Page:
A recent study published in the Journal of Adolescent Health looked at different substance abuse interventions for teenagers and determined which ones were the most effective in reducing the risk of adolescent drug abuse and addiction.
Researchers from Pakistan and Canada analyzed 46 reviews of interventions for adolescents related to smoking/tobacco use, alcohol use and drug abuse. They reviewed data based on the characteristics of individual studies and respective participants, descriptions of the methods and outcomes, measurements of the effects that these interventions had, methodological issues and finally the risk of bias.
There are several risk factors that can influence adolescent drug abuse including the availability of drugs, peer pressure, family environment, genetic factors, and certain personality traits. However, early intervention can play an important role in reducing the risk of addiction later in life.
The majority of individuals aged 18 to 30 who were admitted to substance abuse treatment centers in 2011 began use of either drugs or alcohol at 17 years old or younger, according to the Substance Abuse and Mental Health Services Administration (SAMHSA). And by the time they are seniors almost 70 percent of high school seniors will have tried alcohol; approximately 40 percent will smoke a cigarette and more than 20 percent will have misused prescription drugs.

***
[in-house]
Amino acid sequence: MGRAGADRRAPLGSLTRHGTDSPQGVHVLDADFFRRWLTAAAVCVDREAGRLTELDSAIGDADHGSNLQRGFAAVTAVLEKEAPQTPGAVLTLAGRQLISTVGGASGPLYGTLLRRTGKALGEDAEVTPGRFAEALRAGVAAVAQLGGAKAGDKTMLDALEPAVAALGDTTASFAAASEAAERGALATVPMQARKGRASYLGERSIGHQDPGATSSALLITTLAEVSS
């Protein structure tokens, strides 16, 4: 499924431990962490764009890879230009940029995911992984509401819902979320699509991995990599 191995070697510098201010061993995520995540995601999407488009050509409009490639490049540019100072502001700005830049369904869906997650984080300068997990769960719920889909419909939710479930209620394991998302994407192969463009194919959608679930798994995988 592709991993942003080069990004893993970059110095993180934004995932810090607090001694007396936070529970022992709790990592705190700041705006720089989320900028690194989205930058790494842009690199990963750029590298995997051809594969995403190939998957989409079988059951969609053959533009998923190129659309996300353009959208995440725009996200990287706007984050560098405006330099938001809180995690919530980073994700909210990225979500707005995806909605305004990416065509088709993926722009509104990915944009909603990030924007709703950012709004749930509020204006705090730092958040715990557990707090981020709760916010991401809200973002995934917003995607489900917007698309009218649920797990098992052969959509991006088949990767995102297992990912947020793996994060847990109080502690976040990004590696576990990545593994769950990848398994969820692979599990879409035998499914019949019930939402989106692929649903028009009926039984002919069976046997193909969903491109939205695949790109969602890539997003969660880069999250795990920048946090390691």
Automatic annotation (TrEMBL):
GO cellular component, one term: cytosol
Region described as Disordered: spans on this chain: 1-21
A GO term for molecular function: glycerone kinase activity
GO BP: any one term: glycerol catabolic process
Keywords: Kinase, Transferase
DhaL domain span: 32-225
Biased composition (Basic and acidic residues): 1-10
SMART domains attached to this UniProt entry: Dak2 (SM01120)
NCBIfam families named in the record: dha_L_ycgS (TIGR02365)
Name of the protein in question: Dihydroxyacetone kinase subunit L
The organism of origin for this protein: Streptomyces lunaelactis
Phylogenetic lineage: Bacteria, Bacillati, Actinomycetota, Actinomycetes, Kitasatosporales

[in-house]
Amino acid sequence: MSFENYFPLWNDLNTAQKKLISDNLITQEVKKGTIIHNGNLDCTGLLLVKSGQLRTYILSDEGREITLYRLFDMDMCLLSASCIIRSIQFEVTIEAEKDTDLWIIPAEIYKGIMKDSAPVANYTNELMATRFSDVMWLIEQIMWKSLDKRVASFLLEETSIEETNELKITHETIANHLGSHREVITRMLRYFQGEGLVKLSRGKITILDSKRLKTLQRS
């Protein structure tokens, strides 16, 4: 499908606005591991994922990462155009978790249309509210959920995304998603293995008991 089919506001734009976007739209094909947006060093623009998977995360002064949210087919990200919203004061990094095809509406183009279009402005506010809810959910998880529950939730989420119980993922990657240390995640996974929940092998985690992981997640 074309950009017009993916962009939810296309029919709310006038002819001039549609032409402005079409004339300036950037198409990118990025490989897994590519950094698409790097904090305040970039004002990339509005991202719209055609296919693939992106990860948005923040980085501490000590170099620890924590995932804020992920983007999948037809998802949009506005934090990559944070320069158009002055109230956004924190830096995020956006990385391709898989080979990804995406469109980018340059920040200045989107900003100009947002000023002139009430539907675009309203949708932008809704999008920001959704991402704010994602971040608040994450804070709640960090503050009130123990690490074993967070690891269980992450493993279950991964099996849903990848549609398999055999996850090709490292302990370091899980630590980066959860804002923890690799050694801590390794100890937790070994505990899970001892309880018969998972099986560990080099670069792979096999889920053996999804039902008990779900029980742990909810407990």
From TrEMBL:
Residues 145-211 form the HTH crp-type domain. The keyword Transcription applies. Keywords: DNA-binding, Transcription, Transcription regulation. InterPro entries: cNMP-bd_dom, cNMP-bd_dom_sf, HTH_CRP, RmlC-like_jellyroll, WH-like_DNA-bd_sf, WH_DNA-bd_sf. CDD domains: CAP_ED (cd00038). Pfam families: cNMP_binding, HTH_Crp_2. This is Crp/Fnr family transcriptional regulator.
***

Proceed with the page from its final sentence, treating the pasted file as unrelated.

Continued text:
Researchers examined results from 20 reviews that focused on tobacco use/smoking. These included school-based interventions, family and community-based interventions, digital platforms, policy interventions, incentive-based interventions and interventions with several different components. The most effective interventions were intensive, family-based interventions, school-based interventions focused on prevention, community-based interventions, and interventions based on message broadcasting. Internet-based interventions, however, had mixed results and required further research.
For interventions for alcohol abuse, researchers looked at eight systematic reviews: school/college-based interventions, family and/or community-based interventions, interventions that utilized digital platforms, policy interventions, and multicomponent interventions. They concluded that… (continue reading)